Comet brings home Marine Corps honors

Heckenkamp in the Quigley, an infamous swamp used as a Marine obstacle course.

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Computer science senior Jocelyn Heckenkamp graduated from Marine Corps Base Quantico in summer 2023 alongside 67 female graduates, considered the largest platoon of senior female candidates in history.

Heckenkamp had the highest GPA overall in the Platoon Leaders Course, or PLC, and graduated with honors. PLC is one of three methods of joining the Marine Corps as an officer, and it is the only branch that lets students complete training over the summer while still in college. Her award will also bring a Commandant’s trophy to UTD — which is the highest ranking general in the Marine Corps — for the first time.

“It’s definitely a huge honor,” Heckenkamp said. “And I was really surprised when they first read my name. I’m also really happy that UTD will be recognized as part of the ceremony that will happen later this year.”

Heckenkamp thanked professor David Murchison, an Air Force veteran whose honors reading class sparked her interest in the military. He has extensive history with the armed forces, having served in the ROTC at the end of the Vietnam War and then as a dentist for the Air Force for 30 years.

“She was a National Merit Scholar, so she had a great academic background, but then she’s heavily involved in sports, obviously with UTD,” Murchison said. “She’s a very well-rounded young lady.”

Heckenkamp also thanked Captain Frances Moore, the selection officer for Dallas and East Texas for the Marine Corps, as well as her parents and fellow Marines for supporting her throughout the years. Moore said that she was one of the few Marines who has ever graduated with honors.

“She doesn’t necessarily see [an obstacle] as a roadblock, she sees it as a stepping stone, and that mindset and that critical thinking and that ability to maneuver in space … it’s something that we don’t really see as often when people apply in general,” Moore said. “It’s like she knows what her ultimate end goal is.”

Marine Corps Base Quantico is a training ground that helps individuals develop strategies for U.S. Marine combat. Within MCB Quantico, Heckenkamp pursued the PLC course through two summers, with each summer session lasting six weeks. In 2022, Heckenkamp attended PLC juniors, and in 2023, she attended PLC seniors.

“I think grit and determination [is what] she personifies,” Murchison said. “[This is] what we look for in military officers in terms of potential for leadership.”

Heckenkamp has long wanted to serve in the military both for its higher purpose and for its travel opportunities. She also wanted to obtain a license to become a pilot, which is what drove her to choose the Marine Corps. However, this was not Heckenkamp’s first choice program; she applied to multiple colleges and academies with flight programs but was rejected for medical reasons. Despite these obstacles, Heckenkamp was accepted into one of the most elite military special forces in the U.S, which she didn’t expect.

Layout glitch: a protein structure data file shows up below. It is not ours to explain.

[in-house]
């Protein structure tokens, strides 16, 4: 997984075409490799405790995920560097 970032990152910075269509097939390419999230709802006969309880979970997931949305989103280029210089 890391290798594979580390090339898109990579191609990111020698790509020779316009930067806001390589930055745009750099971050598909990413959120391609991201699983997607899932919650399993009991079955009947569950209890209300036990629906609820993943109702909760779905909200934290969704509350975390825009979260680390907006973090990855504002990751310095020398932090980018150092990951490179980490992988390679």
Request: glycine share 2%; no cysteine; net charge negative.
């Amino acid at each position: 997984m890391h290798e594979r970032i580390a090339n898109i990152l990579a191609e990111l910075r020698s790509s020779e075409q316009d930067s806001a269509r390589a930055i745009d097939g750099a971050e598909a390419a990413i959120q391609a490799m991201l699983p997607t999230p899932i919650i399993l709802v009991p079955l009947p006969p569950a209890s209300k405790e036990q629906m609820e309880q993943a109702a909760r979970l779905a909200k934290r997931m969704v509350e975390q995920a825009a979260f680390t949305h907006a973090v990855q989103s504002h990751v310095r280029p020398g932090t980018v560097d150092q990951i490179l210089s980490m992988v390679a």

“PTs [physical tests] were outstanding and her leadership skills,” Moore said. “Her ability to handle a variety of tasks regardless of the level of friction that they may cause in her day …That’s really what sets her apart.”

Heckenkamp qualified to start training in the Marine Corps after successfully completing several physical assessments, including a three mile run, individual performance in maximum pull-ups and planks, receiving approval from a panel of officers. In training, the performance of program members is evaluated in the areas of academics, leadership and physical fitness.

“If you don’t meet any of those standards, you are dropped, so PLC’s juniors are harder than seniors,” Heckenkamp said. “Over half of my platoon dropped out last time. But then for seniors, we started with 82 and 67 graduated, so it’s a lot easier to graduate from seniors.”

Now that she is back at UTD, Heckenkamp hopes to finish the year out strong. She is currently the president of the Association for Computing Machinery, which is the largest computer science program at UTD. Heckenkamp is also a senator of Student Government and currently taking an EMT to become licensed at the end of the semester. Additionally, this will be her last year with UTD’s cross country team.

“When I came to UTD, I was not quite sure what I wanted to do,” Heckenkamp said. “So I tested a lot of things. I had a computer science major, I was also a Spanish minor and had a music minor, which I still have. I was also in the pre-law program, and now I’m in the pre-med program.”

Although the course was physically and mentally challenging, Heckenkamp enjoys the environment of the Marines programs.

“It’s a super uplifting culture, and it’s just full of great people who are super motivated, and they’re always there for you,” Heckenkamp said. “So just in general, thank you to all the Marines I’ve met along the way, and I’m super excited to meet more in the future.”


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